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  5. Before everything went down on Monday, I obsessively tracked my friends running the race. I had been so excited for what they were getting to experience that I announced to a co-worker that I am going to run another full this year, and if I don’t qualify, I’m going to keep trying until I do. I want to shake my fist at the sky – I’m angry that someone has done this to our community, and I’m taking it personally.

    Until then, I’ve committed to donating 25 cents to the Red Cross for every mile I run for the remainder of the year. Sometimes when time passes we begin to forget, and I want to continue to remember this the rest of the year. My community will not be attacked. I will run strong for those who were innocent victims.

    Thank you for your words, Sarah. As someone above said, you had the best take on this whole mess. I most especially appreciate your last line. It’s exactly what I’ve thought repeatedly over the past few days.

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  6. Your post basically sums up how I have been feeling since Monday. From now on, I am going to make sure I to give extra thanks to spectators at every race I run.

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  7. I don’t think you could have said it better! As a back of the pack runner, I always try to thank the police and the spectators who cheer me on even when no one else is around but now I am going to make sure to try even harder! Oh, and this is one time that a well placed F-bomb is seriously justified!

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  8. You will get there some day, I have no doubt. It took me five tries, and was so worth it to run the streets of Boston and be in the greatest marathon in the world. Unfortunately minutes later life changed for all of us. Thankfully my sister who was cheering me on and I were unharmed. I did not run a qualifying time on Monday, but I will work my hardest to do so next month at the Mountains 2 Beach marathon because there is nothing I want more than to be back in Boston next year.

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  9. I think every runner took it personally, which is a GOOD thing. I’ve never been as proud and grateful to be a runner as I am this week. But my heart aches for those affected.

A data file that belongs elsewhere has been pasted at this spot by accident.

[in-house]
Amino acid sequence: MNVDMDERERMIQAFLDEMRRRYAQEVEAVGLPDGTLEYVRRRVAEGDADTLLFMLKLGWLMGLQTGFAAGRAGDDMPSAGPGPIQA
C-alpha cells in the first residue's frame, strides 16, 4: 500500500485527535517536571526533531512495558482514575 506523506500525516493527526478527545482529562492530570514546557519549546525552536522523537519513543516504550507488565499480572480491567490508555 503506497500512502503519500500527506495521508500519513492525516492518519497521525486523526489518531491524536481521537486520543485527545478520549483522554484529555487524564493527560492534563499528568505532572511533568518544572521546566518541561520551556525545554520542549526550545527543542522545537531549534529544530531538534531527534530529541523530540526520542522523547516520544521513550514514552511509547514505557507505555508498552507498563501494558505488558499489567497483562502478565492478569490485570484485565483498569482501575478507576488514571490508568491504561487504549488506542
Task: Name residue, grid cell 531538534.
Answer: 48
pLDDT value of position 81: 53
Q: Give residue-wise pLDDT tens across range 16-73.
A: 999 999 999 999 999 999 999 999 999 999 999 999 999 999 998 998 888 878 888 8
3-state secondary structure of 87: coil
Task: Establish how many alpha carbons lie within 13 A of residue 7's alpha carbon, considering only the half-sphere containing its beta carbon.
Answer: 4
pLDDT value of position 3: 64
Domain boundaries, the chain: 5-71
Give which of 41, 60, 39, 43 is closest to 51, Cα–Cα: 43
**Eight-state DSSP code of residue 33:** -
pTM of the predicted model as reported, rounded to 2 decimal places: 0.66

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  10. Love the sheer honesty with the F-bomb droppin’. I don’t think one has to be a runner, a Bostonian, a mother, a sister, a friend, etc.: it should hit a little too close to home for all of humanity. I appreciate that this brings us closer together as a human race – not just as runners. I hate how, in times of tragedy, we tend to think only those with similarities can truly understand. Call me crazy, but it doesn’t take being a runner to understand how fucked up it is to bomb a marathon. Just like I don’t think I have to be a mother to understand it is sick and twisted it is to shoot up a school or open fire in a movie theatre. Just a heavy, heavy heart today.

    And someday, Lime, I hope to track you at Boston just as I tracked my heart out Monday! You’ll be there.

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  11. I may not run Boston (because I’m slow as a turtle) but my FU is going to be to try and be there next year as a volunteer!!!! I may not be fast enough to run it but I can be there in support of it – after all, in my mind, it was the supporters attacked – which is just like taking a bat to a runners knees!